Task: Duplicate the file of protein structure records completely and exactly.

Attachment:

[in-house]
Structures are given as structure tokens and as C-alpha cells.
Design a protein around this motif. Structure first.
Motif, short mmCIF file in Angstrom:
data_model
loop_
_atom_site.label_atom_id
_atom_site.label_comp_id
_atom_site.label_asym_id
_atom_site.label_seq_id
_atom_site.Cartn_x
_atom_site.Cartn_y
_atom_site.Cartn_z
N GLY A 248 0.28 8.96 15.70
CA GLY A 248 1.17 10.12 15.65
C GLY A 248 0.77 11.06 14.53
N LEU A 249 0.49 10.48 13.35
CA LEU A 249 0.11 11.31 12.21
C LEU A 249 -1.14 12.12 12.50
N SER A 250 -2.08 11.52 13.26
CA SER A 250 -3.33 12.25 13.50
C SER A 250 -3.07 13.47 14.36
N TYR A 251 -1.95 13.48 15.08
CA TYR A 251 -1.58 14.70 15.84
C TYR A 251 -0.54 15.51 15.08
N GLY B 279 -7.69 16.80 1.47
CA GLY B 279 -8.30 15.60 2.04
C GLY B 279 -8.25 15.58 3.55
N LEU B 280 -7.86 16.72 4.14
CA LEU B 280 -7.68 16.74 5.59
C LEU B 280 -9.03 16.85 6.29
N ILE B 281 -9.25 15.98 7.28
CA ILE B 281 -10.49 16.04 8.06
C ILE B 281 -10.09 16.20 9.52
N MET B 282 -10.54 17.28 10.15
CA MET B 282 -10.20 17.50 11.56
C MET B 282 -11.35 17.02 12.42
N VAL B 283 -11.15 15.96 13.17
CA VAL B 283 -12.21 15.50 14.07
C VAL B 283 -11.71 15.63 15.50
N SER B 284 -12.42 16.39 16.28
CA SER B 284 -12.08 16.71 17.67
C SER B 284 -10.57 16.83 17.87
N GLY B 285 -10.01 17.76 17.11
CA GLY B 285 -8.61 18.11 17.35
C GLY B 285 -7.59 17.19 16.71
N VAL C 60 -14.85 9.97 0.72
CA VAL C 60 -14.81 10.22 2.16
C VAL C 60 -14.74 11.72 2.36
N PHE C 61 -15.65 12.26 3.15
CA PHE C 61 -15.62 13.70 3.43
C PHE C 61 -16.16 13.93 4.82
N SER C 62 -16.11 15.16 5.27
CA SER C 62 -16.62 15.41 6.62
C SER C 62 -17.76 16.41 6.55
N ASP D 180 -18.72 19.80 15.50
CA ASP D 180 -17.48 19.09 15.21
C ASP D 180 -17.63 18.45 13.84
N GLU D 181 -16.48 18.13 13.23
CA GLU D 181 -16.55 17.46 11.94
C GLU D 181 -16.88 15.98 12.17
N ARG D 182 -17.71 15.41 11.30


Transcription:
[in-house]
Structures are given as structure tokens and as C-alpha cells.
Design a protein around this motif. Structure first.
Motif, short mmCIF file in Angstrom:
data_model
loop_
_atom_site.label_atom_id
_atom_site.label_comp_id
_atom_site.label_asym_id
_atom_site.label_seq_id
_atom_site.Cartn_x
_atom_site.Cartn_y
_atom_site.Cartn_z
N GLY A 248 0.28 8.96 15.70
CA GLY A 248 1.17 10.12 15.65
C GLY A 248 0.77 11.06 14.53
N LEU A 249 0.49 10.48 13.35
CA LEU A 249 0.11 11.31 12.21
C LEU A 249 -1.14 12.12 12.50
N SER A 250 -2.08 11.52 13.26
CA SER A 250 -3.33 12.25 13.50
C SER A 250 -3.07 13.47 14.36
N TYR A 251 -1.95 13.48 15.08
CA TYR A 251 -1.58 14.70 15.84
C TYR A 251 -0.54 15.51 15.08
N GLY B 279 -7.69 16.80 1.47
CA GLY B 279 -8.30 15.60 2.04
C GLY B 279 -8.25 15.58 3.55
N LEU B 280 -7.86 16.72 4.14
CA LEU B 280 -7.68 16.74 5.59
C LEU B 280 -9.03 16.85 6.29
N ILE B 281 -9.25 15.98 7.28
CA ILE B 281 -10.49 16.04 8.06
C ILE B 281 -10.09 16.20 9.52
N MET B 282 -10.54 17.28 10.15
CA MET B 282 -10.20 17.50 11.56
C MET B 282 -11.35 17.02 12.42
N VAL B 283 -11.15 15.96 13.17
CA VAL B 283 -12.21 15.50 14.07
C VAL B 283 -11.71 15.63 15.50
N SER B 284 -12.42 16.39 16.28
CA SER B 284 -12.08 16.71 17.67
C SER B 284 -10.57 16.83 17.87
N GLY B 285 -10.01 17.76 17.11
CA GLY B 285 -8.61 18.11 17.35
C GLY B 285 -7.59 17.19 16.71
N VAL C 60 -14.85 9.97 0.72
CA VAL C 60 -14.81 10.22 2.16
C VAL C 60 -14.74 11.72 2.36
N PHE C 61 -15.65 12.26 3.15
CA PHE C 61 -15.62 13.70 3.43
C PHE C 61 -16.16 13.93 4.82
N SER C 62 -16.11 15.16 5.27
CA SER C 62 -16.62 15.41 6.62
C SER C 62 -17.76 16.41 6.55
N ASP D 180 -18.72 19.80 15.50
CA ASP D 180 -17.48 19.09 15.21
C ASP D 180 -17.63 18.45 13.84
N GLU D 181 -16.48 18.13 13.23
CA GLU D 181 -16.55 17.46 11.94
C GLU D 181 -16.88 15.98 12.17
N ARG D 182 -17.71 15.41 11.30